Monday, May 27, 2024

Hammett's "Suggestions to Detective Story Writers."

Dashiell Hammett,
Yank, 30 Nov. 1945
The Library of America has posted Dashiell Hammett's "Suggestions to Detective Story Writers," which were part of his Crime Wave columns of 7 June and 5 July 1930 in the New York Evening Post. Irritated by mystery writers' mistakes that he'd seen in their works, Hammett offered correctives of these, including items such as "When you are knocked unconscious you do not feel the blow that does it" and "'Youse' is the plural of 'you.'"

Monday, May 20, 2024

Clues 42.1: Carr, Christie, Conan Doyle, Eco, Faulkner, island mysteries, Korean crime fiction, etc.

Vol 42, no. 1 (2024) of Clues: A Journal of Detection has been published; see below for abstracts. For print issues or subscriptions, contact McFarland. Ebook versions are available via Kindle and Nook.

Update, 25 May 2024: Google Play ebook of the issue is now available.

Introduction: A Kaleidoscope of Cultures and Works
Caroline Reitz (John Jay College of Criminal Justice–CUNY / CUNY Graduate Center)

The executive editor of Clues provides an overview of the issue, including articles on John Dickson Carr; Agatha Christie; Arthur Conan Doyle in Dutch translation; Umberto Eco; a YA mystery series featuring Indigenous issues; island mysteries; Korean crime fiction; and noir’s relationship with works by William Faulkner, David Goodis, and John D. MacDonald.

Spotlight on... Crime Fiction in Korea: Transformation and Transnationality of the Genre
Jooyeon Rhee (Penn State University)

This essay traces the transnational literary flow and popular imaginations of modernity in colonial Korea (1910–45), the effect of the Korean War and the Cold War, and diverse responses to global neoliberalism in contemporary Korea. It highlights representative themes in each period and notable writers in modern crime fiction.

“A Modernist Lampstand”: Noir and the Avant-garde in William Faulkner’s Sanctuary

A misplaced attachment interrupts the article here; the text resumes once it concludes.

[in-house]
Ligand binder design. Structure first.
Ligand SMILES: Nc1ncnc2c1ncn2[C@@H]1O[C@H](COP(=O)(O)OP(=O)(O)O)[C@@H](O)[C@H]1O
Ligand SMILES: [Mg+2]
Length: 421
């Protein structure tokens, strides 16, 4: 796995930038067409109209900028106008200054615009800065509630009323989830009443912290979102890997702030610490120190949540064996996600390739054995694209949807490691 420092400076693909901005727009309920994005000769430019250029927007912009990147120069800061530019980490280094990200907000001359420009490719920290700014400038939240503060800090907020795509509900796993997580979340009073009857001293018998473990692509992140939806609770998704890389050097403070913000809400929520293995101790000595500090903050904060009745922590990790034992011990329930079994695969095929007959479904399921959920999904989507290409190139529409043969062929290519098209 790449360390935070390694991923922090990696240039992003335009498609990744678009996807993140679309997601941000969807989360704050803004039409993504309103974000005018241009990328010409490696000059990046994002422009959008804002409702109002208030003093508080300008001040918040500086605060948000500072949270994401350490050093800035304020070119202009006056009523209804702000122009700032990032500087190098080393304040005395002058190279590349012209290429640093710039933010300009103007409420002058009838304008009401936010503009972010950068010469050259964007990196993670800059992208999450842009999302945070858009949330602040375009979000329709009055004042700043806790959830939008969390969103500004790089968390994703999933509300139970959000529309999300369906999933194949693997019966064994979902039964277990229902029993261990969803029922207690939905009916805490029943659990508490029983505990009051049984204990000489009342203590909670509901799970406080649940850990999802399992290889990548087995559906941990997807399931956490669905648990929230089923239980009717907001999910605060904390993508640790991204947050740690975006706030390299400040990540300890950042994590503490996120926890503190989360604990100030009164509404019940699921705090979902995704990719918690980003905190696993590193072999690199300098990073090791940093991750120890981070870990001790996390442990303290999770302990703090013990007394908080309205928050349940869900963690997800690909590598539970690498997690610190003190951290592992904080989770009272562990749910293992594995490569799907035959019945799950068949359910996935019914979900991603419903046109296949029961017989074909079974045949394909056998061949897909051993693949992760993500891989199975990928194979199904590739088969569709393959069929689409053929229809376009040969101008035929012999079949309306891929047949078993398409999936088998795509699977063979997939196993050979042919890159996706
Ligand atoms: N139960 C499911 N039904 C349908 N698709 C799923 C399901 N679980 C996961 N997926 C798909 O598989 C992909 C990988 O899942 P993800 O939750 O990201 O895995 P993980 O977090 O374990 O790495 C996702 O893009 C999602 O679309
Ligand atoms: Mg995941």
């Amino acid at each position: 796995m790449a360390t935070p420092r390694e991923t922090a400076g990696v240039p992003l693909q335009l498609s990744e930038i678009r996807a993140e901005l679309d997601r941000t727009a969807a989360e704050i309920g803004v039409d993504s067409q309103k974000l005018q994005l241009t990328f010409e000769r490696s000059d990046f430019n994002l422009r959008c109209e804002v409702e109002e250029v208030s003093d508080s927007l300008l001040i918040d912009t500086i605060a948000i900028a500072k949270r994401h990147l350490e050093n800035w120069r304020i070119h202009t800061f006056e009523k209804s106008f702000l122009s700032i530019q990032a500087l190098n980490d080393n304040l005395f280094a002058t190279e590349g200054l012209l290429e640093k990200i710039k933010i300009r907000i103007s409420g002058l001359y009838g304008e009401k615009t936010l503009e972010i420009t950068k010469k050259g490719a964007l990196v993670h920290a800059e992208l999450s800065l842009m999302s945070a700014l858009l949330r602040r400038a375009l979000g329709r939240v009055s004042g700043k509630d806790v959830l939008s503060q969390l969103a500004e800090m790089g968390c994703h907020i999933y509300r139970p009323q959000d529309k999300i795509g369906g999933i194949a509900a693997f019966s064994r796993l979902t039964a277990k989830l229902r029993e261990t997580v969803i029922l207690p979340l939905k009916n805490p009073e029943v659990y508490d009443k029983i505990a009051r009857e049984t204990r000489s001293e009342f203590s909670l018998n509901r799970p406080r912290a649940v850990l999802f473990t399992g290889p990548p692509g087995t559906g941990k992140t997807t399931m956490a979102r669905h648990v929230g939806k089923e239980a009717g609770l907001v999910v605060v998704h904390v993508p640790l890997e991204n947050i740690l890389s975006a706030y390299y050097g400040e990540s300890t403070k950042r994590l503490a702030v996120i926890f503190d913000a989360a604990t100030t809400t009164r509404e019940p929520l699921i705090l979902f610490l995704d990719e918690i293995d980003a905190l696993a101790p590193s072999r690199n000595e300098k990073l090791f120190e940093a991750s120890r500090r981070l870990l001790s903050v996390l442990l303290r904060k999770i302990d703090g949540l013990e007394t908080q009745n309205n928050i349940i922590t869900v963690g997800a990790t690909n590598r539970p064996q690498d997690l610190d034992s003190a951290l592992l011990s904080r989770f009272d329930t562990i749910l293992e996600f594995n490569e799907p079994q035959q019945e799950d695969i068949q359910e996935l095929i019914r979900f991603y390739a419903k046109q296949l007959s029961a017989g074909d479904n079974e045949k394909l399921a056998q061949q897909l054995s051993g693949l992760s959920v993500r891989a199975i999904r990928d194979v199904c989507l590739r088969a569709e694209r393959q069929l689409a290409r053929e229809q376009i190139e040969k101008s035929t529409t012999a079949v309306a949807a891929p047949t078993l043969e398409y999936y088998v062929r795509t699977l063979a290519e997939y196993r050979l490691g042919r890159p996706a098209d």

Alex Davis (University College Cork, Ireland) 

This essay considers Sanctuary in the context of William Faulkner’s career-long predilection for crime fiction, interpreting his avant-garde appropriation and manipulation of genre writing in the novel against the background of its relationship to American naturalism (including the noir novel) and nineteenth-century European realism.

Despair and the Noir Character
Michael Caleb Tasker 

Noir’s atmosphere of anxiety and/or despair stems not from environment and setting but rather from character and from an outsider defined by and riddled with a very Kierkegaardian sense of existentialist despair. As works by John D. MacDonald and David Goodis demonstrate, the despairing protagonist is the foremost defining characteristic of noir fiction.

“Nobody in the Renaissance conceived of a revenge quite so delicious”:
John Dickson Carr’s Bencolin Stories and Jacobean Revenge Plays

Lisa Hopkins (Sheffield Hallam University, UK)

This article argues that John Dickson Carr’s first four novels about Inspector Henri Bencolin each draw from a different early modern revenge tragedy: It Walks by Night alludes to John Webster’s The Duchess of Malfi; Castle Skull borrows names and atmosphere from Henry Chettle’s Hoffman; The Lost Gallows nods to Thomas Kyd’s The Spanish Tragedy; and The Corpse in the Waxworks evokes Thomas Middleton’s and William Rowley’s The Changeling

Monday, May 13, 2024

Ian Rankin on stage.

Scheduled for the Everyman Theatre in Cheltenham (UK) in November 2024 is Rebus: A Game Called Malice, a play cowritten by Ian Rankin and Simon Reade, in which investigator John Rebus must suss out secrets of guests during a post-dinner mystery game. Reade may be best known as the producer-screenwriter for the 2017 film of R.C. Sherriff's Journey's End.

Update, May 25, 2024: The play will run at the Pavilion Theatre Glasgow from Sept 23–27.

Monday, May 06, 2024

Arsène Lupin: Music and text.

Music Box Records has issued a 20th anniversary edition of the soundtrack to Arsène Lupin (2004) composed by Debbie Wiseman. The film features adventures of the gentleman thief who was created by Maurice Leblanc (1864–1941) and debuted in 1905. Penguin has issued various Arsène Lupin collections in English and Spanish, Gallimard has versions in French for young readers, and Coup d'Oeil in Québec has a French edition for older readers.

Listen to some samples from the soundtrack.